WASHINGTON (AP) — The White House said Wednesday that the U.S. military mission in Syria was coming to “a rapid end” but offered no firm timeline for a withdrawal, even as President Donald Trump has insisted it’s time for American troops to return home.
A day after Trump said he wanted to “get out” of Syria, White House press secretary Sarah Huckabee Sanders said that the Islamic State group had been “almost completely destroyed” in the war-torn nation. Trump’s national security team has warned of the risk of the militants’ re-emergence and has urged the president against a hasty withdrawal.
In a brief written statement, Sanders said the U.S. and its partners were committed to eliminating “the small” IS presence not yet defeated by the American-led coalition. In a nod to Trump’s belief that the U.S. is shouldering too much of the cost of stabilizing Syria, Sanders suggested that U.S. efforts in the country would not extend beyond the narrow mission of defeating the extremist group.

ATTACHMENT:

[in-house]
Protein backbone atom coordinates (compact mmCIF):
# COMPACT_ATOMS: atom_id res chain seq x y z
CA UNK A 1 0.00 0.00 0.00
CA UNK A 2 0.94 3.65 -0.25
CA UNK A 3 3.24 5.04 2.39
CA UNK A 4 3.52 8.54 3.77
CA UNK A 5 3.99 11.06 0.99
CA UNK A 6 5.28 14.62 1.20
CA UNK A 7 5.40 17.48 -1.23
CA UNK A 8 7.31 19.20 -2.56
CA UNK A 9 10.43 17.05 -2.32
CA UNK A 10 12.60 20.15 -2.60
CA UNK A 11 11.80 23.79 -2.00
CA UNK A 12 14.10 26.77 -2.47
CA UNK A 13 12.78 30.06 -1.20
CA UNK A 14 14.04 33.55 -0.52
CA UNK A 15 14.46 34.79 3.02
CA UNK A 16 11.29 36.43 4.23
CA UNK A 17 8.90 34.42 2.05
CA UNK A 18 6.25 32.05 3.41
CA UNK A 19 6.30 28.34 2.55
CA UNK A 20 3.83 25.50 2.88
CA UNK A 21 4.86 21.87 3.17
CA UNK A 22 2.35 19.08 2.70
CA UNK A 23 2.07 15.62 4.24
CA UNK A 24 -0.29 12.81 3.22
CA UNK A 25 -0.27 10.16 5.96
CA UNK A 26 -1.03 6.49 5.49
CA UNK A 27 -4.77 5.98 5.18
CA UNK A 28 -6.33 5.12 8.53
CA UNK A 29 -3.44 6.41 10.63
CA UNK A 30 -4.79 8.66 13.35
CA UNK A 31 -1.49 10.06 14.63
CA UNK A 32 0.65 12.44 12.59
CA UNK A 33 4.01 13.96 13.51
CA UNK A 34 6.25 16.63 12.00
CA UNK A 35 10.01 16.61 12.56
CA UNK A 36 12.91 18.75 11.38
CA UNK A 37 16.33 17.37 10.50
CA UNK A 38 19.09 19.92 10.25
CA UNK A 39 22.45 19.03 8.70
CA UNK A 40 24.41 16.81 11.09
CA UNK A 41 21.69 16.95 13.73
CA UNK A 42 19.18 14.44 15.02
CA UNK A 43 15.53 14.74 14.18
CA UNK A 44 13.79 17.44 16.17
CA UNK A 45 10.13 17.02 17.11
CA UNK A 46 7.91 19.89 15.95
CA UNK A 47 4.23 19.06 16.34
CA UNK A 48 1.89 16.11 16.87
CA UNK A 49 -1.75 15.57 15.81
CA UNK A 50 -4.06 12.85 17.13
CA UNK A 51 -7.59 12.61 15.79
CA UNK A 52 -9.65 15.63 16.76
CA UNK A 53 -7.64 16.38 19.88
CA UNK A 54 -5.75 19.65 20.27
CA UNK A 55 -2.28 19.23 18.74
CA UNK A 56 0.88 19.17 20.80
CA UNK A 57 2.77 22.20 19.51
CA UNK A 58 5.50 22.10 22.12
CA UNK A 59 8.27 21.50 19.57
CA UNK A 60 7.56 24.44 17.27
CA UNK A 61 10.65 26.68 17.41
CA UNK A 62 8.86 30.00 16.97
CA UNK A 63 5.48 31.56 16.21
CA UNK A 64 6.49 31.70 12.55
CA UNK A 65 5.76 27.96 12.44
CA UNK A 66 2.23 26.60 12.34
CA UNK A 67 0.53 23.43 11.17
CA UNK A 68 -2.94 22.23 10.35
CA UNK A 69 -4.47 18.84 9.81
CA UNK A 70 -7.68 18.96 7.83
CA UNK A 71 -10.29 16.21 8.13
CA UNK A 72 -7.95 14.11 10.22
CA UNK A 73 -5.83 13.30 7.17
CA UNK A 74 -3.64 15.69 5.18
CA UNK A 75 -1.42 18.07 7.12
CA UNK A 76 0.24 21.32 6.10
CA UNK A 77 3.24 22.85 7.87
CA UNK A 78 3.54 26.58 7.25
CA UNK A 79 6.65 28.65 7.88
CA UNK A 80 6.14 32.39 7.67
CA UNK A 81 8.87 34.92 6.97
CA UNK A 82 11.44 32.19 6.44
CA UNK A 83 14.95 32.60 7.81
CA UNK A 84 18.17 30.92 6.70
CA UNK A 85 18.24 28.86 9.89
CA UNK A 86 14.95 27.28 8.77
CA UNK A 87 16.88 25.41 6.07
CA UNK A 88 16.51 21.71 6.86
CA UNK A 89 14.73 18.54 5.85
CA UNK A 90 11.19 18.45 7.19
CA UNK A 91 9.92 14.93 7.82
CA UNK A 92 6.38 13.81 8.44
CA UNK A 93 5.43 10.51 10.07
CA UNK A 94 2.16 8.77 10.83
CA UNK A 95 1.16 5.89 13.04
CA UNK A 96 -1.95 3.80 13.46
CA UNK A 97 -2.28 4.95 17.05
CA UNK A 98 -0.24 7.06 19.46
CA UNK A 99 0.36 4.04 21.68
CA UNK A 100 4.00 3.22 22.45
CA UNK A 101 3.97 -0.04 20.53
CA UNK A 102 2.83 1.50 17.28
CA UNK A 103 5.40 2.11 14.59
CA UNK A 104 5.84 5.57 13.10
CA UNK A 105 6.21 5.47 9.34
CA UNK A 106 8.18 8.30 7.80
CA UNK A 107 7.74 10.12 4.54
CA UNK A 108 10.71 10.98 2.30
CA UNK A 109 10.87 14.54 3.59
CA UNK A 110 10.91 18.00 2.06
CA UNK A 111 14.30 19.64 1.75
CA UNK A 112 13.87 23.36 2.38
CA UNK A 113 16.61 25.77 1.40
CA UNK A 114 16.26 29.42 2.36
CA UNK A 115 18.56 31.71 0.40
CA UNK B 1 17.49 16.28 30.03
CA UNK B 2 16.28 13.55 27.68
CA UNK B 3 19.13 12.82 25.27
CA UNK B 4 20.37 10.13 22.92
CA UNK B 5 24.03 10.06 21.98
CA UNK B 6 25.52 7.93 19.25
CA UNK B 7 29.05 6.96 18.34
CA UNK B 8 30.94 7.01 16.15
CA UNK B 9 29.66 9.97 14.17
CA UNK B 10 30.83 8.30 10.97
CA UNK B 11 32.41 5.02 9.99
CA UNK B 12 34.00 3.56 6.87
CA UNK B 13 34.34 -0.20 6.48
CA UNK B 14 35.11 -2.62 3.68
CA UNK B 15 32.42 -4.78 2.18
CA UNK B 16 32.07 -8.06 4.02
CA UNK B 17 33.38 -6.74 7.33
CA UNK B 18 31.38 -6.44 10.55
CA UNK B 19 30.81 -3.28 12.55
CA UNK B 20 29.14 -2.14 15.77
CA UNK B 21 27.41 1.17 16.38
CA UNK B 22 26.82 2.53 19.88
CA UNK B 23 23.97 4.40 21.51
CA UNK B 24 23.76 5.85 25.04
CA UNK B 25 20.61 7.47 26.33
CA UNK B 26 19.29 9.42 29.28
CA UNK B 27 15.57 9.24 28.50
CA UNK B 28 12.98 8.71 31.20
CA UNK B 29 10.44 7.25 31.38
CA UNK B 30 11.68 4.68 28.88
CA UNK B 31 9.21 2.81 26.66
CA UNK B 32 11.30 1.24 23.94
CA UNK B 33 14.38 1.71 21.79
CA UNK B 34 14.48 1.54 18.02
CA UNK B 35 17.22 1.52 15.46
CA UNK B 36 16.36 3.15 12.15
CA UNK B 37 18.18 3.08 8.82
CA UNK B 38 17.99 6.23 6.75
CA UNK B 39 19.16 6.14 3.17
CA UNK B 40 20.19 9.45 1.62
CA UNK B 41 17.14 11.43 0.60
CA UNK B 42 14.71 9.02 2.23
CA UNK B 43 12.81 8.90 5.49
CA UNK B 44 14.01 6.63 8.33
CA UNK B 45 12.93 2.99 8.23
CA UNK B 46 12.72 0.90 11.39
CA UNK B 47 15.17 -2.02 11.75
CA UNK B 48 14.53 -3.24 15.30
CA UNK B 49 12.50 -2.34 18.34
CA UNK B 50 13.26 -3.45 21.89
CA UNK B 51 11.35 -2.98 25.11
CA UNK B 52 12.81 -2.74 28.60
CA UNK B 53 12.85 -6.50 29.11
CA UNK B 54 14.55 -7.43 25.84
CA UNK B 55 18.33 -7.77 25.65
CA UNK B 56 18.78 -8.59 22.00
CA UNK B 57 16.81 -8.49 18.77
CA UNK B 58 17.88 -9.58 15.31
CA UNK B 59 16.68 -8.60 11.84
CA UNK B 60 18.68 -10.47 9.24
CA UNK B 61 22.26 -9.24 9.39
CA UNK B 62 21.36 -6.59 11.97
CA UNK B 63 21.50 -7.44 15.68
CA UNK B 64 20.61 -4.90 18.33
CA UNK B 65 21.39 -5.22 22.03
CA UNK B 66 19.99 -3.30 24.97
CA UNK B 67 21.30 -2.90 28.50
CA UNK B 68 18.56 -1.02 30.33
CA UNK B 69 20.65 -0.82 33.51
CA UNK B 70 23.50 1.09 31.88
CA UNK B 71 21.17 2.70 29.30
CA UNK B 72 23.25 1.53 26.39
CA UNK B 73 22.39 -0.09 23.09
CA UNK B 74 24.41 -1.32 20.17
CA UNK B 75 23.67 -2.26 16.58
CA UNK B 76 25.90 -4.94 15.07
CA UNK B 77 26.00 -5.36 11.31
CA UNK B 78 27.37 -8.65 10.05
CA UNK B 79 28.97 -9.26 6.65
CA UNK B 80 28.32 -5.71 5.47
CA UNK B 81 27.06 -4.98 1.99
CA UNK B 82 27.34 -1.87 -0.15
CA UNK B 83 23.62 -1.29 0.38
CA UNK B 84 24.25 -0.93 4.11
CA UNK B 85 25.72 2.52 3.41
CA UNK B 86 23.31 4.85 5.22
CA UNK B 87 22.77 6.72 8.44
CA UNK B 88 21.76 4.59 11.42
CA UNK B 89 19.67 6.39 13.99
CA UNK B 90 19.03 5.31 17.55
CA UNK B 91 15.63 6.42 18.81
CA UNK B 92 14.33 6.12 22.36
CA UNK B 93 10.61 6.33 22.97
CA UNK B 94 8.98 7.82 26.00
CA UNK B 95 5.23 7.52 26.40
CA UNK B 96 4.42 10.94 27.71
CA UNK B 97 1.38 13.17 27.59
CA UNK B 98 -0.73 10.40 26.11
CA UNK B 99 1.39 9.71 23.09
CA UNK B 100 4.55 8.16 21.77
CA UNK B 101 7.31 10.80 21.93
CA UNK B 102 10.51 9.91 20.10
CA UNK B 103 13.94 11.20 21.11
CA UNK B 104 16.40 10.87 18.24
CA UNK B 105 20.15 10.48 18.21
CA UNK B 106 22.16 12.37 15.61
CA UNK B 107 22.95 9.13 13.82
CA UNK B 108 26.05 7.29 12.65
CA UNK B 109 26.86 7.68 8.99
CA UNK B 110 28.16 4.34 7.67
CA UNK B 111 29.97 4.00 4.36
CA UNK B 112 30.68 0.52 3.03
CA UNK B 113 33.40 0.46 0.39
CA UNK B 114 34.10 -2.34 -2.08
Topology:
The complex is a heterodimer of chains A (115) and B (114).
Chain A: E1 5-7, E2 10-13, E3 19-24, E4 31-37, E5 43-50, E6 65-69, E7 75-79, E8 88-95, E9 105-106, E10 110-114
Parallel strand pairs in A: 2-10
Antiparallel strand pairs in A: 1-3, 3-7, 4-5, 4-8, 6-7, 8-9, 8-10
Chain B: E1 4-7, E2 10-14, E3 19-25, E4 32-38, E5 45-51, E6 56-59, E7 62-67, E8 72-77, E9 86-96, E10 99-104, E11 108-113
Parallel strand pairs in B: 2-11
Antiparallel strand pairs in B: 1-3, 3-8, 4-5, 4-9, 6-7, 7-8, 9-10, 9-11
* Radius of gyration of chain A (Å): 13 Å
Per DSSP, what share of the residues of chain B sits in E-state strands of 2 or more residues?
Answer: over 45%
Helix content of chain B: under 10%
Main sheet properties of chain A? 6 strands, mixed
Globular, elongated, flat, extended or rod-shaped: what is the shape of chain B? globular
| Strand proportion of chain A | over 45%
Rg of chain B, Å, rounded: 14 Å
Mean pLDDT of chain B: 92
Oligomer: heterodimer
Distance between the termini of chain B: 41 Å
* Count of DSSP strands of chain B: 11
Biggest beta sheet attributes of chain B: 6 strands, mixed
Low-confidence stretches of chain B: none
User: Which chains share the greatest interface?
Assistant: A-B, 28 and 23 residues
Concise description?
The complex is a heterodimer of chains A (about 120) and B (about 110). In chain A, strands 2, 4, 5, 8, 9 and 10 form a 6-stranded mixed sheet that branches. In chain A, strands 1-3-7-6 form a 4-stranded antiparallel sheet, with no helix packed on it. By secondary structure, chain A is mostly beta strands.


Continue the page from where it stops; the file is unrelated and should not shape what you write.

“We will continue to consult with our allies and friends regarding future plans,” Sanders said. “We expect countries in the region and beyond, plus the United Nations, to work toward peace and ensure that ISIS never re-emerges.”
The White House statement came the day after Trump met with national security aides to discuss the future of the U.S. role in Syria. CIA chief Mike Pompeo, who has been nominated to be secretary of state, and other advisers strongly advised the president against too quick a withdrawal, according to U.S. officials who spoke on condition of anonymity to discuss internal talks.
There are currently about 2,000 U.S. troops in Syria.